Wednesday, 1 November 2017

News from the Park - always busy

Bissett trail is now open - Halifax Water commission was fixing a water main break but had everything cleaned up and back in order the same day.

Heavy construction work will occur on the Salt Marsh Trail in mid-November as we restore another section to a better protected trail. The trail will be closed from the Canada Goose bridge to the West Lawrencetown Road during the working day due to the presence of heavy equipment. Signs and barriers will be in place. For your own safety and the safety of the workers, CHPTA asks everyone to obey the signage.

Annual maintenance of the trail surface on the Salt Marsh Trail is being conducted on the section from Bissett Road to the Canada Goose Bridge and from Flying Point to landfall on the eastern part of the trail across the causeway. The work involves grading the surface, infilling areas where the crusher dust surface is too thin or absent with attendant raking and smoothing out. There may be some soft areas as the crusher dust settles into place. The grading has been completed and we have noted several areas where the larger underlying rocks are making for a rougher but passable surface. It is these rocky areas that will get further treatment.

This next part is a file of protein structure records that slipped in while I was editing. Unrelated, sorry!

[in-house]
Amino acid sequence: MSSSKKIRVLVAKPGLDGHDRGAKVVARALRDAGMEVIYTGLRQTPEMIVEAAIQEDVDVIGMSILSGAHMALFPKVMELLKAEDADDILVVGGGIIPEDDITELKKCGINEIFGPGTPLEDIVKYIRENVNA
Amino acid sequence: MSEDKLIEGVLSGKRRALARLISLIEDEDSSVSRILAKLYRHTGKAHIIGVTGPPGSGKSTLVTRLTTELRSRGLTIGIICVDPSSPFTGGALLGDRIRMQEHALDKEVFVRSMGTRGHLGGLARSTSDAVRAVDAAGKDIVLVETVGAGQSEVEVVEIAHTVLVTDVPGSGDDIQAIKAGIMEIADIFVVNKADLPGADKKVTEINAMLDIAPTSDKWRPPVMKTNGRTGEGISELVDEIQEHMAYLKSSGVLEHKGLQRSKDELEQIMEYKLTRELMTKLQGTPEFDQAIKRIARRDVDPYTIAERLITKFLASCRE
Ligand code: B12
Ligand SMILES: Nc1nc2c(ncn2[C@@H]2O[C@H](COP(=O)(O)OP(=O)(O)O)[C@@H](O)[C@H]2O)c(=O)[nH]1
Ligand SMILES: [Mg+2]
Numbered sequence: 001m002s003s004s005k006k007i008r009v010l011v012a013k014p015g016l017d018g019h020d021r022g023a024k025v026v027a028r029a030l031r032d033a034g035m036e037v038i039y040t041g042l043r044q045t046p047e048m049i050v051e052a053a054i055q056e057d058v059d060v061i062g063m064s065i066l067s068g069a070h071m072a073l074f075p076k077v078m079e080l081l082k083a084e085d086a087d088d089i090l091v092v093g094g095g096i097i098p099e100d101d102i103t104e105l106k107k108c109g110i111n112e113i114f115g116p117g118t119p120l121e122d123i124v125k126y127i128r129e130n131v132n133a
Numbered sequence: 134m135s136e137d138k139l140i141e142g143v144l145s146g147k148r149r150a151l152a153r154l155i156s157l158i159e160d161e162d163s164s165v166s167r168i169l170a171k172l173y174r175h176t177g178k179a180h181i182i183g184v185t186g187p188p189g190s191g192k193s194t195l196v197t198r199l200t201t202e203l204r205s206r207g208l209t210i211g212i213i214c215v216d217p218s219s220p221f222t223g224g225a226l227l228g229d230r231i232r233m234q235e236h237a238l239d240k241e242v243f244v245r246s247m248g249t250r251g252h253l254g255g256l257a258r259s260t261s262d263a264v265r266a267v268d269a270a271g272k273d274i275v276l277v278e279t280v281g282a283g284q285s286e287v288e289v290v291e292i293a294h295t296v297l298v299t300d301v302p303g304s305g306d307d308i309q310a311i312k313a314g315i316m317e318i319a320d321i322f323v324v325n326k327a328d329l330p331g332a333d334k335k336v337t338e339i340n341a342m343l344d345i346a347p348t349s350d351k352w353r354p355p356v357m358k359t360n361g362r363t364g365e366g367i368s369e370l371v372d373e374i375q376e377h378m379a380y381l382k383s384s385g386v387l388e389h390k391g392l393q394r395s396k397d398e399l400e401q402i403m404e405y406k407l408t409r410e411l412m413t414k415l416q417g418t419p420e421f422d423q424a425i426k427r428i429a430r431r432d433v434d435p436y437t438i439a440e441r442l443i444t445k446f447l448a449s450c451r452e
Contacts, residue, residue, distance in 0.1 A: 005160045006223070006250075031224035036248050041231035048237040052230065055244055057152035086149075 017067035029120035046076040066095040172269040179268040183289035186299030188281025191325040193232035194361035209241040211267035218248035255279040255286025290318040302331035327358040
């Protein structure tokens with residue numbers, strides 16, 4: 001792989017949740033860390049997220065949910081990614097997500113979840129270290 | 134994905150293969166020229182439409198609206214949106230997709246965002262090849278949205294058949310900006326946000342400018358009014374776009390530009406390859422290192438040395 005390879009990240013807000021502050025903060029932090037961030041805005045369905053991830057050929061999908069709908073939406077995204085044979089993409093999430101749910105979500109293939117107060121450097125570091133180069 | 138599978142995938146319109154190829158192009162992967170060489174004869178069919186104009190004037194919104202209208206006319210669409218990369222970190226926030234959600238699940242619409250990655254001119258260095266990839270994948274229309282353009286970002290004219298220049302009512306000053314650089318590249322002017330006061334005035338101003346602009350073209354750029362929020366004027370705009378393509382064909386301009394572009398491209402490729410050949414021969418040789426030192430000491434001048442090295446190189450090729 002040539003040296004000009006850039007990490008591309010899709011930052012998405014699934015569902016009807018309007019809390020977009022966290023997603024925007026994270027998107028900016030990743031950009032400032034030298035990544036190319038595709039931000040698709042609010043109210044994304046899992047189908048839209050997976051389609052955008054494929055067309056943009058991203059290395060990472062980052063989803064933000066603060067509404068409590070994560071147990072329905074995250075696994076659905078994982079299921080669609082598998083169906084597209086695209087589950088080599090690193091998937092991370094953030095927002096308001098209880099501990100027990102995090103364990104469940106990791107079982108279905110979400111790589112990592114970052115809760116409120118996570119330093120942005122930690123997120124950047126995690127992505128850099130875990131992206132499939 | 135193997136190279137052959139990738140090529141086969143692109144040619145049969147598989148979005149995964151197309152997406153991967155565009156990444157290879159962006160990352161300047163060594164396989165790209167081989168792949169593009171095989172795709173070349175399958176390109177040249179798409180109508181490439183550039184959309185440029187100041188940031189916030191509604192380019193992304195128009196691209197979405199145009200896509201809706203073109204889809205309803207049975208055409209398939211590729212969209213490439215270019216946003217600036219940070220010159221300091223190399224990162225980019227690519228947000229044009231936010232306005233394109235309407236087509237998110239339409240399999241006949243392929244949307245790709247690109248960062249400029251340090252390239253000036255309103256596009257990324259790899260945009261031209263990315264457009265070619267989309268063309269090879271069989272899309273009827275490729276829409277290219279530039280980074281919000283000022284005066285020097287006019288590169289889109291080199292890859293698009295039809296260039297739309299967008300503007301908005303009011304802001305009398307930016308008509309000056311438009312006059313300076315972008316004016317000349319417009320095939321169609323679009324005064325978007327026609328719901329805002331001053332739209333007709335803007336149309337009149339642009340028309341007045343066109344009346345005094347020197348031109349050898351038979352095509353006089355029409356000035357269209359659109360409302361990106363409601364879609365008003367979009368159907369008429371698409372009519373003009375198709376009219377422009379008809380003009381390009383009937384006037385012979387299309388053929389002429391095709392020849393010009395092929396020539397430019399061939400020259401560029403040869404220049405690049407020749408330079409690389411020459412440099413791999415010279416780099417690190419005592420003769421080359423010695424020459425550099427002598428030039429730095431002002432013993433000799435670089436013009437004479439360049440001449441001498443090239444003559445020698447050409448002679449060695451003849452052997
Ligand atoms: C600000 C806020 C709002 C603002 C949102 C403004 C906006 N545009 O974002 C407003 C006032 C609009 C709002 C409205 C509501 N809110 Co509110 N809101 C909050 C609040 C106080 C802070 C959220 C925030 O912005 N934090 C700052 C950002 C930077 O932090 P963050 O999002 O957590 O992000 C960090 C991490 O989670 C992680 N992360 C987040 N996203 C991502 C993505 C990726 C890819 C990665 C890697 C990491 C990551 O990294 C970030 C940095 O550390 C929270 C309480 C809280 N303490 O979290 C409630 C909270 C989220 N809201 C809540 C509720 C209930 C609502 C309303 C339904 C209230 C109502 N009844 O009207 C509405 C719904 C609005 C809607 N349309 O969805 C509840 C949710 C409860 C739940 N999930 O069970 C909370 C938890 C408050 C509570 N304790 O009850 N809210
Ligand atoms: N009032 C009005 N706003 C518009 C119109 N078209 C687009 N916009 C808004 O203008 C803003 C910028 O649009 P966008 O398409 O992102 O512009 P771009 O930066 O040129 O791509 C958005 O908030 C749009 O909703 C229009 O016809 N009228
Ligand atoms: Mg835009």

Most visitors to the Park are familiar with the two new utility buildings at the main entrance. The Facility building (closest to the trails) will be used for meetings, as an interpretation centre and an event venue. Holly Woodill has taken on the project of creating and setting up interpretative material in the facility building that will show the rich natural and social history of the Park and the surrounding areas.  The other building houses the maintenance workshop and storage area. This welcome addition to the Park Infrastructure has allowed us to consolidate all our tools, equipment and materials in one place. Several of our members who have been storing CHPTA material since the tragic fire that destroyed the Red Barn, are quite happy to get their garages, basements and storage sheds back for their own use.

We have just completed a preliminary engineering inspection of all the bridges on the Shearwater Flyer. All the bridges can accept the regular trail traffic, pedestrians and ATVs but only one (Desaid Lake bridge) can take small maintenance trucks. Some of these bridges date back more than a century so it is not surprising that they will need a little (a lot) of TLC to bring them up to speed. CHPTA is awaiting the final engineering report but is already planning to restore bridges starting next spring and summer.